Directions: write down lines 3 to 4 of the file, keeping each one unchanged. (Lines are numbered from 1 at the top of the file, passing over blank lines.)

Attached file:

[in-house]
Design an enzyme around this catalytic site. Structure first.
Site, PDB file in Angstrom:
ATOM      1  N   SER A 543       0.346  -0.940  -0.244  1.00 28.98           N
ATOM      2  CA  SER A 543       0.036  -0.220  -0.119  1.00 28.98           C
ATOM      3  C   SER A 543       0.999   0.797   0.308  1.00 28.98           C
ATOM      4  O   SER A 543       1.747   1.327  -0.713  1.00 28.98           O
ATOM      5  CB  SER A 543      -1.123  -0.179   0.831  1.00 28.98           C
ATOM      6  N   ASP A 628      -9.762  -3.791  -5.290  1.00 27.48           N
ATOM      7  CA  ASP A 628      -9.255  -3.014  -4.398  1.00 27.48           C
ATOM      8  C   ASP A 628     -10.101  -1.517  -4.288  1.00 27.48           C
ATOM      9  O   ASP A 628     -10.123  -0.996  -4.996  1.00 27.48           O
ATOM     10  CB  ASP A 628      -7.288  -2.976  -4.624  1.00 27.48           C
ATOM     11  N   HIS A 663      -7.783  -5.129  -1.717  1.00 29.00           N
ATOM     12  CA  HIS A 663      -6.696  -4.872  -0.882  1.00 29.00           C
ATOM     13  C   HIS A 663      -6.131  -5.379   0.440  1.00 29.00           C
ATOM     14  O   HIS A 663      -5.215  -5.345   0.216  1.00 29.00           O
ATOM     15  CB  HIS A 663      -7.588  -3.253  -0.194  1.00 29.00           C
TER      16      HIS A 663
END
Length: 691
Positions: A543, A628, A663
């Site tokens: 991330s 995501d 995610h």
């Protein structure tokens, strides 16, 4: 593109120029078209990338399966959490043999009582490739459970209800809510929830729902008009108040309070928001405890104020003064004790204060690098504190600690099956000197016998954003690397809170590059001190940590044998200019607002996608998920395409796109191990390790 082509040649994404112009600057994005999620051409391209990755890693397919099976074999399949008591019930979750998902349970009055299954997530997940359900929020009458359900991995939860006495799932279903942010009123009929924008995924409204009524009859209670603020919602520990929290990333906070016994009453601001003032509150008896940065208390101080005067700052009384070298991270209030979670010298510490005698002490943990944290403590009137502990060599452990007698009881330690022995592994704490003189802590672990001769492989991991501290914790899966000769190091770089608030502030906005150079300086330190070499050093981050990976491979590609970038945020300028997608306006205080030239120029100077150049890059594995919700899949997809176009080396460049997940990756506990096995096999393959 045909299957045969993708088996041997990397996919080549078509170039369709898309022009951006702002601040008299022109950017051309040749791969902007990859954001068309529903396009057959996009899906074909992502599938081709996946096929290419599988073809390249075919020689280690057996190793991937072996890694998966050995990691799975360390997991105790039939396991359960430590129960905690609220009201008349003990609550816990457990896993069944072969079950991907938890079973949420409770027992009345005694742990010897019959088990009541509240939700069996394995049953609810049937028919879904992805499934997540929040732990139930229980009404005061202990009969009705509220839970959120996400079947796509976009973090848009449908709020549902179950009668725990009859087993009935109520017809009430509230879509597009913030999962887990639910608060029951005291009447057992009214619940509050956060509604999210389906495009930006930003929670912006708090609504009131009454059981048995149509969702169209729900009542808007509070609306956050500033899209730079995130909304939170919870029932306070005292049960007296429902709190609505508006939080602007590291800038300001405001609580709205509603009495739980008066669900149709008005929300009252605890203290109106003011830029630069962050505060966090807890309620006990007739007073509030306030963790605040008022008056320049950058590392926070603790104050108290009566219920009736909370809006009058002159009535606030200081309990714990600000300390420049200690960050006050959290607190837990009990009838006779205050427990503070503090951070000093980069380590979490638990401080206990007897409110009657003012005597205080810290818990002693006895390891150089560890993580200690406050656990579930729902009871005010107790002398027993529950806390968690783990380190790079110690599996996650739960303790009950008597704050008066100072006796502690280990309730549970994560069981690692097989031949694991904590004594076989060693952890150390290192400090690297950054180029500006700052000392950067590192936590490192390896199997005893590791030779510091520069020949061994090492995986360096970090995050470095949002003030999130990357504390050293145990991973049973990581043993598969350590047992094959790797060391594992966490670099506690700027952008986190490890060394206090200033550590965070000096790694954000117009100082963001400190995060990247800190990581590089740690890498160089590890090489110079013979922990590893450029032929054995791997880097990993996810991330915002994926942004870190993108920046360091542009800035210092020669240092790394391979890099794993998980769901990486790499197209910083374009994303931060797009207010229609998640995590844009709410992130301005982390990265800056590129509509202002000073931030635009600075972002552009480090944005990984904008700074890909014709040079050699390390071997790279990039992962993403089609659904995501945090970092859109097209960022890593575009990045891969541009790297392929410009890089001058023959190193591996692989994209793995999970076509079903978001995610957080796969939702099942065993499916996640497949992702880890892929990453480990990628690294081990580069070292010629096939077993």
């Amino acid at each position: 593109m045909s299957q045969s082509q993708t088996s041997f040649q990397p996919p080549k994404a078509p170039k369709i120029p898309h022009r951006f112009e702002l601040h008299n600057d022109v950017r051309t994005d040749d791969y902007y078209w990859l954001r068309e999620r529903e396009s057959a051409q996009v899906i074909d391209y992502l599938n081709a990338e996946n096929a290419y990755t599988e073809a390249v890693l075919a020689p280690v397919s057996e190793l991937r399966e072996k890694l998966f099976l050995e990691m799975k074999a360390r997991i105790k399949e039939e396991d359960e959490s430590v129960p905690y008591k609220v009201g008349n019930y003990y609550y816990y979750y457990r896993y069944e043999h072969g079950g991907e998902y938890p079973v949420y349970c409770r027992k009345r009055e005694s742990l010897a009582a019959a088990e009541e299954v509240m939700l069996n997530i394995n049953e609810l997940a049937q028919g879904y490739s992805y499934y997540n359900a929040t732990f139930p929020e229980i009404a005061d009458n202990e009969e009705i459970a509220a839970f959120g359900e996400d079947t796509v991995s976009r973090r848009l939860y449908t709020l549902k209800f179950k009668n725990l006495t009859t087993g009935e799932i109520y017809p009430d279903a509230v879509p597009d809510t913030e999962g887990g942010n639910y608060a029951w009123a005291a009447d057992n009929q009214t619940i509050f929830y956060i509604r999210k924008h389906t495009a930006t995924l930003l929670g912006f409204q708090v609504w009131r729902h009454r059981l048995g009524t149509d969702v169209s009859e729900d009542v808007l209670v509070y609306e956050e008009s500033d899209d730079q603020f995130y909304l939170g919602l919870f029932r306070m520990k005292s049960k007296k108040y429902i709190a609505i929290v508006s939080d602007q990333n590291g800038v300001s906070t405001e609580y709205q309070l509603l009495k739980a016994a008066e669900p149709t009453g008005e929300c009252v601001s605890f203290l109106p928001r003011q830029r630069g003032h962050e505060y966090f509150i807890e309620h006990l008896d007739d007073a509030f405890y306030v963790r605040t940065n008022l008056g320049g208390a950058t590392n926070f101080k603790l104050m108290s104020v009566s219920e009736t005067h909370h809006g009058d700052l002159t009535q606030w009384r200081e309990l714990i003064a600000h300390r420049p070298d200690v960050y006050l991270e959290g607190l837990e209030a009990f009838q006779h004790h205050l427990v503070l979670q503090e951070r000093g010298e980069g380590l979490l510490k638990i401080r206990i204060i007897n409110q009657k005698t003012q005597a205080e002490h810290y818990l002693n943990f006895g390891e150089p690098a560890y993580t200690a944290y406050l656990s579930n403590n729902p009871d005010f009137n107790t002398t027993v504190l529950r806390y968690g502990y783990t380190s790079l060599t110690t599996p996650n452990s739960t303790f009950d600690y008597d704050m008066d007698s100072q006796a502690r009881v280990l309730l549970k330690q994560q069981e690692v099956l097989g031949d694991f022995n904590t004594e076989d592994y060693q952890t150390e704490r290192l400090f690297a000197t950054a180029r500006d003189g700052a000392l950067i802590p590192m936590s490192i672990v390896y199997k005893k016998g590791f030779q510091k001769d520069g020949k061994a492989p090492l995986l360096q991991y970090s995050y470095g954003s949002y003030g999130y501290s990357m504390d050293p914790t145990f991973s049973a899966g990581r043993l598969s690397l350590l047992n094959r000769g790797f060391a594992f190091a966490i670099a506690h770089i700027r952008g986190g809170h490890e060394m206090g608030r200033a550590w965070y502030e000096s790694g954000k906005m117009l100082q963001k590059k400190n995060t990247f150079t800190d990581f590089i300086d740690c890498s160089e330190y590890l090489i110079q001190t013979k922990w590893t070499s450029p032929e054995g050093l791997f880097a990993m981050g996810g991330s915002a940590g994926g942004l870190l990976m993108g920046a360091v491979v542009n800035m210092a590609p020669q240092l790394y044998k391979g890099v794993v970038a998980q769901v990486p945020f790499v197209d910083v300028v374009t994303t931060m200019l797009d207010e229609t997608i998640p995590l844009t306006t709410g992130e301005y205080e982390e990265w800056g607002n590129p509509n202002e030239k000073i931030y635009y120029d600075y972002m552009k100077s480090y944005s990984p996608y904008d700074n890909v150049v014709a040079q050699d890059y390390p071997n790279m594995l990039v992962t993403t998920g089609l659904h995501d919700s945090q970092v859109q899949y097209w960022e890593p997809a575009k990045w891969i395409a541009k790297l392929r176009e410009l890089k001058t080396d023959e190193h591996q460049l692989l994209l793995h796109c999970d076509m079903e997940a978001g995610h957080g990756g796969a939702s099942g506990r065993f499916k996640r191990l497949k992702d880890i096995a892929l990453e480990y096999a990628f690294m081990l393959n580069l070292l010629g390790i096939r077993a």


Site, PDB file in Angstrom:
ATOM      1  N   SER A 543       0.346  -0.940  -0.244  1.00 28.98           N